We are excited to announce the launch of SLTB’s first steps into online networking! In preparation for the development of the new website, the Society has moved to the virtual world with new internet pages set up for online networking sites “LinkedIn” and “Facebook” and our own channel on “YouTube”. We hope you will visit and explore these pages and share your thoughts and news, making them as useful as possible to our members!
The pages can be found at:
The YouTube channel already contains archive films of Cryobiology in action, filmed at Mill Hill and previewed at SLTB 2014. To view the full LinkedIn and Facebook pages you will need to be a member of LinkedIn or Facebook, and once you join they are just waiting for your contributions…!
It’s hoped that our members will engage in discussions, advertise new job opportunities, publications and meetings through the networks. If you have any films or lectures that might be of interest to other Low Temperature Biologists, please let the SLTB committee know and we can put them onto the channel for everyone to view. Most of all, we hope that this will present new opportunities for our members to communicate together as a community, share good news and information about Low Temperature biology and keep up to date with what everyone is getting up to!
Society members are invited to link to these pages and comment freely on anything Low Temperature Biology related. If you have news you wish to share, please email directly through one of these sites or email the SLTB committee, or to SLTBcryo@gmail.com, and we will see that your news gets onto the web as soon as possible. As with any network, we’re only as strong as our members so please come and visit the pages and take part so we can make these as relevant to our members as we possibly can!
The Society for Low Temperature Biology (SLTB) was founded in 1964 and became a Registered Charity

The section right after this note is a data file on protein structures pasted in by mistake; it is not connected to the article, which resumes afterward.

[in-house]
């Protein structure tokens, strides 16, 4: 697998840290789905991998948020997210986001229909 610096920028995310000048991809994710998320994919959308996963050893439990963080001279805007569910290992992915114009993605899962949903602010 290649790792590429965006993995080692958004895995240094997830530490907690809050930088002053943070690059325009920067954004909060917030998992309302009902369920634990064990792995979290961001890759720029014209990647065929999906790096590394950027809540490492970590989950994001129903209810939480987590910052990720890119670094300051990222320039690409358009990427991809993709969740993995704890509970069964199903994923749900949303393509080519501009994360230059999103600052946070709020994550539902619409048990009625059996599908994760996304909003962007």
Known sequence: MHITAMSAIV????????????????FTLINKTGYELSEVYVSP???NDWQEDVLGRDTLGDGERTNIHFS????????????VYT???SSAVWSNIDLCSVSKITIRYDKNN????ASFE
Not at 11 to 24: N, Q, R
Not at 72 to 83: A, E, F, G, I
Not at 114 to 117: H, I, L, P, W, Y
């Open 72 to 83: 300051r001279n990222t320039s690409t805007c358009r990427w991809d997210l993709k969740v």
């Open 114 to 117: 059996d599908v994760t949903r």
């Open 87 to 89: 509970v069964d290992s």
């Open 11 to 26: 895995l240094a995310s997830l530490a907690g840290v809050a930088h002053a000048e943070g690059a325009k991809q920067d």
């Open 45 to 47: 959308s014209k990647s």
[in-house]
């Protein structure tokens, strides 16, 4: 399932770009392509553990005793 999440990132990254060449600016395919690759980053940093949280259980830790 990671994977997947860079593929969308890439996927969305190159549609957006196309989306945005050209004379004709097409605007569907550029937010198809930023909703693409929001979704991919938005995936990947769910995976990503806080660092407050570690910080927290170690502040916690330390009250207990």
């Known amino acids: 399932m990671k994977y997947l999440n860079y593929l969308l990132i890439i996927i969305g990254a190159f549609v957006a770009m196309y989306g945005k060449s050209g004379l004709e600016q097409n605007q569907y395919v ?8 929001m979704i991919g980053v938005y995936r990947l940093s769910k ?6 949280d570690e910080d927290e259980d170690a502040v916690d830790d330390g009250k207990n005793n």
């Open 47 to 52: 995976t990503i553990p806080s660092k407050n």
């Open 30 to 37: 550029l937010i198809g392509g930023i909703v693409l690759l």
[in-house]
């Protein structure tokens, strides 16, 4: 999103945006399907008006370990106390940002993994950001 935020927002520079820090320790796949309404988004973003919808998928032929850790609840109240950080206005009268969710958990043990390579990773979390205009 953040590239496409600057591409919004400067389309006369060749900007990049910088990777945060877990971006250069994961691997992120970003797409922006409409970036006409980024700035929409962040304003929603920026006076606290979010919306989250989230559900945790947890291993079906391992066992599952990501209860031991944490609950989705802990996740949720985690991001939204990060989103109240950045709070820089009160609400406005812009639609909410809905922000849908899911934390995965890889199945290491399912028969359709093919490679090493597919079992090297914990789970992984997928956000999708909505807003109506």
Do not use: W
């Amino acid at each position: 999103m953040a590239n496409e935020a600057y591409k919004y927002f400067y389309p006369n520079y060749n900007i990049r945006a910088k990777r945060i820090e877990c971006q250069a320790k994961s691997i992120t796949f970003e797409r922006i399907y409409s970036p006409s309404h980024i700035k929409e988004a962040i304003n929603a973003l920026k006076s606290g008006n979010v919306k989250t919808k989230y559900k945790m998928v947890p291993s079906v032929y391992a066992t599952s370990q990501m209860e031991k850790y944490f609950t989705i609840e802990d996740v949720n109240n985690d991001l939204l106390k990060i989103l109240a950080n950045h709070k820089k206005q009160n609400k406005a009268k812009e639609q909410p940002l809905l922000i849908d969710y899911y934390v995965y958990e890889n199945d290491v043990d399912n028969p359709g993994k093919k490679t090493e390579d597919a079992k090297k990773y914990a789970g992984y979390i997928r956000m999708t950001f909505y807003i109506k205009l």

in 2003 (Charity Commission for England & Wales No. 1099747) with the purpose of promoting research into the effects of low temperatures on all types of organisms and their constituent cells, tissues and organs. Such studies have applications in a diverse variety of scientific fields from biology and medicine to engineering. Research interests of members range from natural mechanisms of cold tolerance, cryopreservation of cells and tissues for medical, agricultural and conservation purposes, low temperature microscopy, through to the physics and physical chemistry of water and ice, and heat and mass transfer in biological systems. This wide range of scientific and technical backgrounds facilitates cross-fertilization of ideas at our meetings.
The Society holds at least one main meeting each year. The programme includes both a symposium on a topical subject and a session of free communications on any aspect of low temperature biology. Recent symposia have included long-term stability, preservation of aquatic organisms, cryopreservation of embryos and gametes, preservation of plants, low temperature microscopy, vitrification, freeze drying and tissue banking.
Society costs are kept to a minimum with a membership fee of only £20 and £15 for student members per annum. In return, members receive a newsletter with news of forthcoming activities, and access to meetings of the Society. If you would like to join, please complete and return the Membership Application Form to the General Secretary together with your remittance for your first year's subscription. (NB Foreign currencies or cheques drawn on non-UK banks cannot be accepted).
Applications for membership have to be approved by the Committee of the Society, and you will be notified of the outcome immediately after the next Committee meeting. The Society reserves the right to refuse membership and to refund the joining fee.
A BROAD SPECTRUM OF DISCIPLINES AND TECHNOLOGIES
The Society has members from a wide variety of scientific backgrounds dealing with diverse organisms, materials and technologies. Areas of activity amongst the membership include:
Cryopreservation of cells, tissues, organs and materials for medical purposes
Cryopreservation of plant cells and tissues and cultures of algae, protozoa and filamentous fungi for the purposes of sustainable agriculture, biotechnology and conservation of biodiversity
Refrigeration of biological materials
Preservation of human and animal gametes and embryos
Cold tolerance of natural biological systems including plants, invertebrates, animals and microorganisms
Low temperature aspects of hibernation
Biochemistry of natural cryoprotectants and cryoprotection
Physics of supercooling, ice nucleation/formation and heat transfer
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- Last updated on 5th March 2015]